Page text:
Beginning in the 19th century — The field of community arts and music education emerged from the settlement houses of the 1880s and 1890s. Settlement houses provided programs helping newly arrived immigrants adjust to their new country. Many were committed to providing arts programming for immigrant children. The most famous of these was Hull House in Chicago founded by Jane Addams. Some community music schools still bear the word “settlement” in their names (Cleveland, Philadelphia, Third Street NYC). Over time, the field expanded and grew more professionalized. Today, there are hundreds of community arts schools in the US, including PCM.
Mt Olive Lutheran Church
1984–1991 — Two piano teachers, Silke Sauppe and Wynne Stone, founded PCM in 1984, renting space from a small church on Allen Avenue where Sauppe was the organist. Stone visited numerous community music schools around the country to prepare for launching PCM. The eight founding instructors supplied remarkable musical and pedagogical gravitas in Western Classical Music (the school’s core), and soon enrollment grew to 400 students.
1991–2001 — After eight years, the time had come to find a new home and to change the co-founder model. In September 1991, PCM moved to a rented house on Atchison Street. Soon after, an outside Executive Director was hired. In the ensuing decade, programs expanded, enrollment grew to 1,000, and an additional space was rented. It was time for the board to find a permanent home for the school.
100 North Hill Avenue
2001–2011 — In 2000, PCM launched its first capital campaign. Music Matters raised $3 million and allowed the school to acquire a permanent home. In September 2001, PCM moved to 100 North Hill Avenue in central Pasadena. In preparation for accreditation, a more formal instructional structure was introduced, including the creation of discrete program departments led by appointed department chairs (piano, strings, guitar, etc.). The preschool music program (Young Musicians) and music history/appreciation courses for adults (introduced in 2006) were stand-out bookends for the breadth of programs. Enrollment expanded to 1,200. Accreditation was achieved in 2008.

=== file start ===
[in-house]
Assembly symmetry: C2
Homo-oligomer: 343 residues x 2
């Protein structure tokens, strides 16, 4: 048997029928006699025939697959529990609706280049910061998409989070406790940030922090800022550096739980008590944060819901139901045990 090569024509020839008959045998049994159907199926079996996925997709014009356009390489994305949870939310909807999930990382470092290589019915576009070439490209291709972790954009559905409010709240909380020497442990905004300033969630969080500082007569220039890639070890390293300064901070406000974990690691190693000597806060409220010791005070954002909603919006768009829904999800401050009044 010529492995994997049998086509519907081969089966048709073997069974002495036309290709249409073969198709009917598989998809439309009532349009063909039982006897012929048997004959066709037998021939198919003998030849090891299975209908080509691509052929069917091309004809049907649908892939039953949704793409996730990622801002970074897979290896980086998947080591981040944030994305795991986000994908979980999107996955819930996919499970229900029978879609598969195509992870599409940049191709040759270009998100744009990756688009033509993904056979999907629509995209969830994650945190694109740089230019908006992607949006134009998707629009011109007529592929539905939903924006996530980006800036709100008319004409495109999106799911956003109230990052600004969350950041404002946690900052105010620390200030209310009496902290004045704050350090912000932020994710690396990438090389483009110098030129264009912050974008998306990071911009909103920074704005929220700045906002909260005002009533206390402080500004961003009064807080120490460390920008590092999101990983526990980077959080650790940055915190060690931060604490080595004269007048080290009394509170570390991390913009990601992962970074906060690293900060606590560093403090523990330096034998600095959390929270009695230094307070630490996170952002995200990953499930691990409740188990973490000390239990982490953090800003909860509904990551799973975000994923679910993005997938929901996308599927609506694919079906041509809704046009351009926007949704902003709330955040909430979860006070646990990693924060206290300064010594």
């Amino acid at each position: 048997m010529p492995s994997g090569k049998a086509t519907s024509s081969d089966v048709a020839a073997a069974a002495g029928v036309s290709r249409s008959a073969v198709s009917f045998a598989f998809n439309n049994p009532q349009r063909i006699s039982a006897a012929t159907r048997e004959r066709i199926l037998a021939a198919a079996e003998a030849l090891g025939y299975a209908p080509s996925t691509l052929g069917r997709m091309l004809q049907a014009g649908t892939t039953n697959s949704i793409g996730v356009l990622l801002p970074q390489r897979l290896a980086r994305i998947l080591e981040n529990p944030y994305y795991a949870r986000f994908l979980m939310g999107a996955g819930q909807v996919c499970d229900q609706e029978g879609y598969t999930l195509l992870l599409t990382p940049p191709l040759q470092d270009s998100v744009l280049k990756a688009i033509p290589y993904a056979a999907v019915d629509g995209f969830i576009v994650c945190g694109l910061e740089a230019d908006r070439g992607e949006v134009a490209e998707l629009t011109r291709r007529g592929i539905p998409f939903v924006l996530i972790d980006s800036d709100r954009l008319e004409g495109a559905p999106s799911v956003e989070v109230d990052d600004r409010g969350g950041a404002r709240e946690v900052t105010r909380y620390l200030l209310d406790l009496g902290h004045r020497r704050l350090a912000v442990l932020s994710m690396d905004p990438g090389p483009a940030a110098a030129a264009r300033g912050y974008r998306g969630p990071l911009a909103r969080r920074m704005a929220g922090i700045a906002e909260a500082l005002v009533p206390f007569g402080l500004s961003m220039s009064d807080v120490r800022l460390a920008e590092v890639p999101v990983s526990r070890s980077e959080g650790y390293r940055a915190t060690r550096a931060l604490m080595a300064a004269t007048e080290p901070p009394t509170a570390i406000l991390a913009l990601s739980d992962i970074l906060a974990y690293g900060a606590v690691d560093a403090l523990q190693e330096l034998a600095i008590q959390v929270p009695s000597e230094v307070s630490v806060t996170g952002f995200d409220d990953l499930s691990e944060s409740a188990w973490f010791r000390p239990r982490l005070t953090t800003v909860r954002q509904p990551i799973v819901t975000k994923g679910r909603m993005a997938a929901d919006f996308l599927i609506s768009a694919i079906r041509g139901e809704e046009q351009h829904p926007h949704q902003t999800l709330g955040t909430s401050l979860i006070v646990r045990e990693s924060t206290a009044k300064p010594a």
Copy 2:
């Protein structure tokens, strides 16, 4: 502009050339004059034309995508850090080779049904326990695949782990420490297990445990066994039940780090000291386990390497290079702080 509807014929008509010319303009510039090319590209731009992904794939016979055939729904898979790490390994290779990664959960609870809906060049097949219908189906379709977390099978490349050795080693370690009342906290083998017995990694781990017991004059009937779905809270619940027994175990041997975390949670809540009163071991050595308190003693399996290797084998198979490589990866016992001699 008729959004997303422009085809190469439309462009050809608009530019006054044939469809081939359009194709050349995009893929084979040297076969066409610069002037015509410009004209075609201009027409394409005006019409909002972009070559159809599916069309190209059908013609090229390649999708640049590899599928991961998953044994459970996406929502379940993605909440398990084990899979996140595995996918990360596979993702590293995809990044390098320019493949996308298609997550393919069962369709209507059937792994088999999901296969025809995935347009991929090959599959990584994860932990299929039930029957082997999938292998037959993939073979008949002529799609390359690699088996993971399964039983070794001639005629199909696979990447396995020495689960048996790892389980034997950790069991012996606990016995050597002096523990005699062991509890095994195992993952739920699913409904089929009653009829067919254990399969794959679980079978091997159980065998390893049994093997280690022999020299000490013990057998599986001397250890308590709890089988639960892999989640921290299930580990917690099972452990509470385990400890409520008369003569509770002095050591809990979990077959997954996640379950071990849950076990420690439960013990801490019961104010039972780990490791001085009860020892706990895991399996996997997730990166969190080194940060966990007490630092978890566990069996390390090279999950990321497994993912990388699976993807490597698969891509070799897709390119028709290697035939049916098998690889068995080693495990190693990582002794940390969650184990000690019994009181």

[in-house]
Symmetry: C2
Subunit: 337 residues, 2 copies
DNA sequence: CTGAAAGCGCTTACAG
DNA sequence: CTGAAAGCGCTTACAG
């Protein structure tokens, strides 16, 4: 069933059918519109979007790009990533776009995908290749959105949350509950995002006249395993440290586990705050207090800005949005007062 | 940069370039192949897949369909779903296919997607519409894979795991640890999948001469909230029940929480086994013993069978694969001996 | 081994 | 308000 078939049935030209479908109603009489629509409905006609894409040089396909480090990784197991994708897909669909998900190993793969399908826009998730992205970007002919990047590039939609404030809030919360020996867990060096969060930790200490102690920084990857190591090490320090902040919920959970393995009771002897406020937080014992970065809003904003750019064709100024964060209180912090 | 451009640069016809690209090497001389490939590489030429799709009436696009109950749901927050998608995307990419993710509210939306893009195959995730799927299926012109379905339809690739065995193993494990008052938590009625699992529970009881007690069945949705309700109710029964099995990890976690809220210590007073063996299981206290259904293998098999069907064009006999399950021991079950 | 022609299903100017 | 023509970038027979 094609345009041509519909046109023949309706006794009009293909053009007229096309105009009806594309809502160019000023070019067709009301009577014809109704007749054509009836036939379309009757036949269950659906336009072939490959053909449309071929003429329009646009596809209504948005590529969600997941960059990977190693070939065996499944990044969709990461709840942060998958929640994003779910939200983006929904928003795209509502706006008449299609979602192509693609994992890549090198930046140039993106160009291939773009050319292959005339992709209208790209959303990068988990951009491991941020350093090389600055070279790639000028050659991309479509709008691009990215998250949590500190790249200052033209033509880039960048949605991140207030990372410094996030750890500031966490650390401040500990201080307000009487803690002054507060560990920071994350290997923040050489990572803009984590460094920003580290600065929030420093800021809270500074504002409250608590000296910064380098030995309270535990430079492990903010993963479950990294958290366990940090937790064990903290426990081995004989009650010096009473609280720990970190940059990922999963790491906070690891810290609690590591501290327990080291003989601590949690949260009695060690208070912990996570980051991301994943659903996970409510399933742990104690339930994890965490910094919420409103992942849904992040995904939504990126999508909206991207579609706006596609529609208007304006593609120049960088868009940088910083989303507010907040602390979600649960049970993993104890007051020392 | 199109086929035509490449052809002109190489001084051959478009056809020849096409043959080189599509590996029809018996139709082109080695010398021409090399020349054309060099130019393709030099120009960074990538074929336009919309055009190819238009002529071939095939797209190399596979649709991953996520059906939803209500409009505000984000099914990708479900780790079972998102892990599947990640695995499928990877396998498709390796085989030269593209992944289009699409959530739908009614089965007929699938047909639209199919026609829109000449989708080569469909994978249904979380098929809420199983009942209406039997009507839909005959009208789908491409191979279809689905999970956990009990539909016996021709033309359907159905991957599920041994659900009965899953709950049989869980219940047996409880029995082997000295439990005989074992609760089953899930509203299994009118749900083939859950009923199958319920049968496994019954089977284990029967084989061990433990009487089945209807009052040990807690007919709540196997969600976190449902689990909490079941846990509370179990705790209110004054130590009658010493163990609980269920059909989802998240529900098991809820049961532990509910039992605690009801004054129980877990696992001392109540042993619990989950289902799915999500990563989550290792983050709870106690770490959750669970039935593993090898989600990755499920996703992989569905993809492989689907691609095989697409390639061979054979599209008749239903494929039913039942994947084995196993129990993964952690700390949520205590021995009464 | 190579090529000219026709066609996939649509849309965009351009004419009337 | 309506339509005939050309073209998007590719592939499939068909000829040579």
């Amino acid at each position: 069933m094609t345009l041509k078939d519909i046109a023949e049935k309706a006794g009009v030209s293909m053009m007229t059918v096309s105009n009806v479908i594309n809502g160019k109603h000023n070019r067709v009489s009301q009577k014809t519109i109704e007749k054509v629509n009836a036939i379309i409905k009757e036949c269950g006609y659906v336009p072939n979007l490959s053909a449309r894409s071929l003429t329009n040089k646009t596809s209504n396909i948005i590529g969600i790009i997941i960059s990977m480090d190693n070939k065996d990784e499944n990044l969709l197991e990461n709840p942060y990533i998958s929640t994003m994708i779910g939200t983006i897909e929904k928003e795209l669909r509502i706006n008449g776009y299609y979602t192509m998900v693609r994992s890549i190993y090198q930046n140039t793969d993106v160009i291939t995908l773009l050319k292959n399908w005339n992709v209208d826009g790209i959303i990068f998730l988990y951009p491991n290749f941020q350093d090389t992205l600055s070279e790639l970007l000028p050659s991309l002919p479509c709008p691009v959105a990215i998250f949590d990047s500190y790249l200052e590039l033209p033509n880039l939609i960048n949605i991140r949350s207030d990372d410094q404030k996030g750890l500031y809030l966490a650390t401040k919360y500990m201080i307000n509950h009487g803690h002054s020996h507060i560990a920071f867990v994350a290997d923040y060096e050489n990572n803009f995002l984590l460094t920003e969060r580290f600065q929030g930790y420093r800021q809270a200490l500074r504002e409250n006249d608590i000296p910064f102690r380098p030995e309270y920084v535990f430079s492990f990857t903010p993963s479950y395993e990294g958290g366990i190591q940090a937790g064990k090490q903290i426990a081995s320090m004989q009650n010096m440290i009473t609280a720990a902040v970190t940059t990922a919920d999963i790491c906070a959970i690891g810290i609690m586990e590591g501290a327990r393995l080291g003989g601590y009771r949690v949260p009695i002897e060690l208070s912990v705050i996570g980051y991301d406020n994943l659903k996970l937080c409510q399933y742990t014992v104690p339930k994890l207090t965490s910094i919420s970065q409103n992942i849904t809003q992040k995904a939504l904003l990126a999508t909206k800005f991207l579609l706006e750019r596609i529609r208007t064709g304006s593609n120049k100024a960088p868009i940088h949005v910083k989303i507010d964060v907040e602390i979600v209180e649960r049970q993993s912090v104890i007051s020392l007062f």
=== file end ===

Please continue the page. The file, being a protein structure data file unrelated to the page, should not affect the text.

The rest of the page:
130 North Hill Avenue
2011–2021 — In 2010, PCM launched its second capital campaign. Milestones raised $8 million and enabled the school to acquire the adjacent property at 130 North Hill and implement significant renovations to the facilities at 100 North Hill, including the creation of PCM’s signature performance venue Barrett Hall. The Jazz Studies Department was launched in 2012 to attract new constituencies. Accreditation was renewed in 2014. A discrete Adult Studies Department was launched in 2018. Mariachi Pasadena! was introduced in 2019 as a first step to eventually creating a World Music Department. Enrollment grew to a high of 1,500. In March 2020, the Covid-19 pandemic closed the campus and suspended many ensemble-based programs. PCM shifted to virtual programs and operations.
2021 and into the future — Our current priorities include rebuilding programs suspended or diminished by the pandemic and resuming the next phase of the campus development masterplan. In the summer of 2021, PCM launched its third capital campaign. Common Ground aims to raise $11 million, to create a new learning center and outdoor amphitheater. A highlight of the new learning center is the creation of purpose-built spaces for group and ensemble programs, including young musicians classes, adult ensembles, world music ensembles, and a music technology lab—all priorities in the school’s plans to expand the breadth and depth of its offerings.